As awareness about domestic violence grew back in the early days of the movement, and the early days of Bradley Angle, so did the need for more shelters, more coordination of services and more policies to protect survivors and ensure adequate funding for services. The early workers of Bradley Angle became involved in the formation of both statewide and national coalitions, including the Oregon Coalition Against Domestic and Sexual Violence and the National Coalition Against Domestic Violence (NCADV), both launched in 1978. Thanks to the work of the NCADV, in collaboration with other advocacy groups, individuals, and elected officials, there is now federal legislation that provides additional funding for support services and vital legal protections for victims of domestic violence.
Why they believe in this work: A Q&A with tash shatz
Back in October, tash shatz hit the ground running as Bradley Angle’s LGBTQ program coordinator. We finally had a moment to sit down and chat about why they do this work. A long-time LGBTQ activist, tash opened up about their connection to this work and the intersection of domestic violence and LGBTQ issues.
What’s your history working with the LGBTQ community?
I’ve been working in LGBTQ communities for over 10 years. When I was in high school in Colorado I did a lot of LGBTQ advocacy and then I moved to Portland and started doing that at Portland State University through the student government as an equal rights advocate, representing LGBTQ students and students with disabilities. Then I got to work with Basic Rights Oregon and ended up being there for about five years, helping to start and develop the trans justice program and support the racial justice program. A lot of that work was policy and advocacy-focused, making laws and policies and institutions better and more accessible for trans people.
From Our Archives: Part One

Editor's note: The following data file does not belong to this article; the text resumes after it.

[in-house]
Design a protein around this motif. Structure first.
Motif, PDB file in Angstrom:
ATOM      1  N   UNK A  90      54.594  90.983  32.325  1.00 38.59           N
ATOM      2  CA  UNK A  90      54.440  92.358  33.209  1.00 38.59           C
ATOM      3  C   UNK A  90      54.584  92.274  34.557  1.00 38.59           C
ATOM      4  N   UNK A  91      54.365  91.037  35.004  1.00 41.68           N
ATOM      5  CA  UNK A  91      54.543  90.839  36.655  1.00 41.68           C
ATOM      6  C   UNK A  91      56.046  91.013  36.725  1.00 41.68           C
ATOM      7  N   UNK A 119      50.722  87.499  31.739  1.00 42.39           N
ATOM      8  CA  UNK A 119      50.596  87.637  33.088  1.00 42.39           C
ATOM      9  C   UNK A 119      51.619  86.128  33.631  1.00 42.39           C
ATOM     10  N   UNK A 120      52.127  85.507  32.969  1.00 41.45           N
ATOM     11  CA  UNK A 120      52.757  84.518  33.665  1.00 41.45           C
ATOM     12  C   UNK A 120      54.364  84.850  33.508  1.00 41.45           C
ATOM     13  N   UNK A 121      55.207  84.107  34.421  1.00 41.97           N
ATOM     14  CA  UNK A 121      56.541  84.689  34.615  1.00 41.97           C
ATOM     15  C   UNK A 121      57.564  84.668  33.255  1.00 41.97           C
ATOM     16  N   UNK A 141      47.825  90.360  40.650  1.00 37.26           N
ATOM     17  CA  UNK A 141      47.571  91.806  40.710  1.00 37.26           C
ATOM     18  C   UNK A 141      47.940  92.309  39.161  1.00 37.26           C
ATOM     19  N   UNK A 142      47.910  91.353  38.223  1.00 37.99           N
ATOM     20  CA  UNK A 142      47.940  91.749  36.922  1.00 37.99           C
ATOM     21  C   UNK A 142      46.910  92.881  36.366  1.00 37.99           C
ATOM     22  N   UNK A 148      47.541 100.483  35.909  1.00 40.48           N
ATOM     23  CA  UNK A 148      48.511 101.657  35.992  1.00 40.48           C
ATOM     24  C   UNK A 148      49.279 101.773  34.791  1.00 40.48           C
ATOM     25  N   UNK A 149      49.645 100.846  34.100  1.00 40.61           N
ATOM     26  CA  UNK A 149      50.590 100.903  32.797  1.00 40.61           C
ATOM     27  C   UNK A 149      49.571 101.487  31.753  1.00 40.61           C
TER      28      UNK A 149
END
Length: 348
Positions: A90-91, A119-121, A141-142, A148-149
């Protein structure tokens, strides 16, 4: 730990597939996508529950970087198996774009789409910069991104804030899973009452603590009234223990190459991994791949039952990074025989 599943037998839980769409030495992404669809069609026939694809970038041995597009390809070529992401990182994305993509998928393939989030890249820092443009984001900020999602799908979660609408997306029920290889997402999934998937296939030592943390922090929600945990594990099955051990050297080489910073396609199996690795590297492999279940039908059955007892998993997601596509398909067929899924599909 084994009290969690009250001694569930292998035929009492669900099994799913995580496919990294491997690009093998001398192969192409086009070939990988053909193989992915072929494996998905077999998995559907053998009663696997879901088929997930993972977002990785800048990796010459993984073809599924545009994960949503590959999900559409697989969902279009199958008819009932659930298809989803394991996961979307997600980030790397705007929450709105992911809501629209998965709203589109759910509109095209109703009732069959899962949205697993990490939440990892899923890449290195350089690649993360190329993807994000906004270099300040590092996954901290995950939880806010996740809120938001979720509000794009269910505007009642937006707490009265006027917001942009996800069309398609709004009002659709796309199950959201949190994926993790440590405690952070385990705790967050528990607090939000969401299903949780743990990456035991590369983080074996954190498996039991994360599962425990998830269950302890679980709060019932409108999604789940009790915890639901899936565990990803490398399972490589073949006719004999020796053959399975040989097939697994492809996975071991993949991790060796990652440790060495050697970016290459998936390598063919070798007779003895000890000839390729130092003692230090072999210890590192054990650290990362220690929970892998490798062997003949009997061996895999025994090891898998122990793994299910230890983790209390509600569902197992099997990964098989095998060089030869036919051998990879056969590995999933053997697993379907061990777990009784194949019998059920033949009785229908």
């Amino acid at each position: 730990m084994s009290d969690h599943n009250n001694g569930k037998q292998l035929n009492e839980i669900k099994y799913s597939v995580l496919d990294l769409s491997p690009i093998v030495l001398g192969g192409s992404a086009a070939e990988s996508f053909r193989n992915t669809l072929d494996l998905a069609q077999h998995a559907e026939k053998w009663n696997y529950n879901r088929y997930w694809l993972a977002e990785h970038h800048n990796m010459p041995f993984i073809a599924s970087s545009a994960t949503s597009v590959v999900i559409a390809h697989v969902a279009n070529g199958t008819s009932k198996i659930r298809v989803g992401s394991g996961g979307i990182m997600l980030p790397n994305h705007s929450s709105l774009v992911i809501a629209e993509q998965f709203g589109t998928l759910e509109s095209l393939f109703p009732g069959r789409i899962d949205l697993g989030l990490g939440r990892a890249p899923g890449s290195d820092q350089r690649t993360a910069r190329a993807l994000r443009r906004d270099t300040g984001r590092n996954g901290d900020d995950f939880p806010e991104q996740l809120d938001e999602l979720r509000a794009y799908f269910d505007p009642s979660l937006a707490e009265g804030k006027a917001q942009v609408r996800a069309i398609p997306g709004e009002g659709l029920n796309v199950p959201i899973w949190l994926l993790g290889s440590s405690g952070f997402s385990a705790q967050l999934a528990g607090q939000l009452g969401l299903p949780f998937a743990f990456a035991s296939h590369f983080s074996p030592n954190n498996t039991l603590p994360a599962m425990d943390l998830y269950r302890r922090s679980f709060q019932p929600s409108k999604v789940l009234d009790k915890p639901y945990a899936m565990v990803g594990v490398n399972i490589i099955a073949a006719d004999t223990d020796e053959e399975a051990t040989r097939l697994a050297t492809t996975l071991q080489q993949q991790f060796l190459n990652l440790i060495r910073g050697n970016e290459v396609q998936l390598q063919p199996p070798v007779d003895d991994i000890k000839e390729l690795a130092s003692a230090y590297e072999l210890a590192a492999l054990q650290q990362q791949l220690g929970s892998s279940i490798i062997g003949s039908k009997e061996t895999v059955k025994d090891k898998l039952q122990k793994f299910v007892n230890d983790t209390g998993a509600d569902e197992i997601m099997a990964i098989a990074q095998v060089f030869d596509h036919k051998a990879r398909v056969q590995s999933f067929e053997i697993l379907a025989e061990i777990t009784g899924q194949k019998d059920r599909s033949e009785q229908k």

Many people don’t know that before Bradley Angle opened, our founder Bonnie Tinker had helped establish Prescott House in 1971 in Northeast Portland. Prescott House served primarily as a shelter for women released from prison. As time went on, it became apparent to the organizers and residents of Prescott House that more and more of the women seeking shelter were escaping violent partners. Helping these women soon became the new organizing model for their work, and in 1975, a group of staff and volunteers decided to purchase a new house to be designated for survivors of domestic violence. This group of young, primarily lesbian activists secured support and fiscal sponsorship from the American Friends Service Committee and founding board members Kay Sohl and Jean DeMaster provided critical advice to the project and helped the young organization file for nonprofit status.
This new venture became known as Bradley Angle, named after two of the first residents of Prescott House who lost their lives to drugs and violence: Sharon Bradley and Pam Angle. By memorializing these women, Bradley Angle’s founders sought to help us remember the importance of the shelter’s existence.
In true Portland fashion, our community responded. Volunteers, supporters and neighbors helped Bradley Angle’s founders navigate City Hall to get a residential care facility license and donated furniture, beds and linens to make the house a home. The Collins Foundation was an early funder and has supported Bradley Angle annually since 1976. The United Way of Columbia-Willamette began their support one year later, in 1977.
Bradley Angle was the first domestic violence shelter to be opened on the entire west coast, and one of the first in the country. The shelter was confidentially located and the staff were predominantly unpaid. Within days of opening, the shelter was full and has remained so for the last 40 years.
This is part one in a series commemorating our 40th Anniversary. Each month we will share a glimpse into Bradley Angle’s history.
March Madness, Bradley Angle Style
What a month it has been!